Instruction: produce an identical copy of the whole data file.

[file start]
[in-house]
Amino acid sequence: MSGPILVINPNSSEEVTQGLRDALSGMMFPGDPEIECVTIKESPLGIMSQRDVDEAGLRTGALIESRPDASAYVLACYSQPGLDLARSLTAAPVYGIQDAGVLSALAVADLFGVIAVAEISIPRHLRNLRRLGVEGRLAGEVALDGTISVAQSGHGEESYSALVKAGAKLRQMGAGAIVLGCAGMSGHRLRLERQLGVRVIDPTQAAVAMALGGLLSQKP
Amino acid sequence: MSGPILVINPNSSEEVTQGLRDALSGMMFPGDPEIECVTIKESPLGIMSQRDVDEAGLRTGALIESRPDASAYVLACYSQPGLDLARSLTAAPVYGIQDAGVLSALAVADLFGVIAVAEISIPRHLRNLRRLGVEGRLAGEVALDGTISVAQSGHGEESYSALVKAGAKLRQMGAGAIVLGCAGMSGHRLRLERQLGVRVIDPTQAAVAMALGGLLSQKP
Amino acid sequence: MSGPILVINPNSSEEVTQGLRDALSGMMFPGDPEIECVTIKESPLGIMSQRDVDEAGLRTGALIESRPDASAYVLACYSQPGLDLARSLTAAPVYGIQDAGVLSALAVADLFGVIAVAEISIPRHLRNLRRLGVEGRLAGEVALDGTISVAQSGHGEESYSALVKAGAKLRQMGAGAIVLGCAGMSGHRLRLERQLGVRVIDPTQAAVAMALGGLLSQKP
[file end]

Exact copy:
[in-house]
Amino acid sequence: MSGPILVINPNSSEEVTQGLRDALSGMMFPGDPEIECVTIKESPLGIMSQRDVDEAGLRTGALIESRPDASAYVLACYSQPGLDLARSLTAAPVYGIQDAGVLSALAVADLFGVIAVAEISIPRHLRNLRRLGVEGRLAGEVALDGTISVAQSGHGEESYSALVKAGAKLRQMGAGAIVLGCAGMSGHRLRLERQLGVRVIDPTQAAVAMALGGLLSQKP
Amino acid sequence: MSGPILVINPNSSEEVTQGLRDALSGMMFPGDPEIECVTIKESPLGIMSQRDVDEAGLRTGALIESRPDASAYVLACYSQPGLDLARSLTAAPVYGIQDAGVLSALAVADLFGVIAVAEISIPRHLRNLRRLGVEGRLAGEVALDGTISVAQSGHGEESYSALVKAGAKLRQMGAGAIVLGCAGMSGHRLRLERQLGVRVIDPTQAAVAMALGGLLSQKP
Amino acid sequence: MSGPILVINPNSSEEVTQGLRDALSGMMFPGDPEIECVTIKESPLGIMSQRDVDEAGLRTGALIESRPDASAYVLACYSQPGLDLARSLTAAPVYGIQDAGVLSALAVADLFGVIAVAEISIPRHLRNLRRLGVEGRLAGEVALDGTISVAQSGHGEESYSALVKAGAKLRQMGAGAIVLGCAGMSGHRLRLERQLGVRVIDPTQAAVAMALGGLLSQKP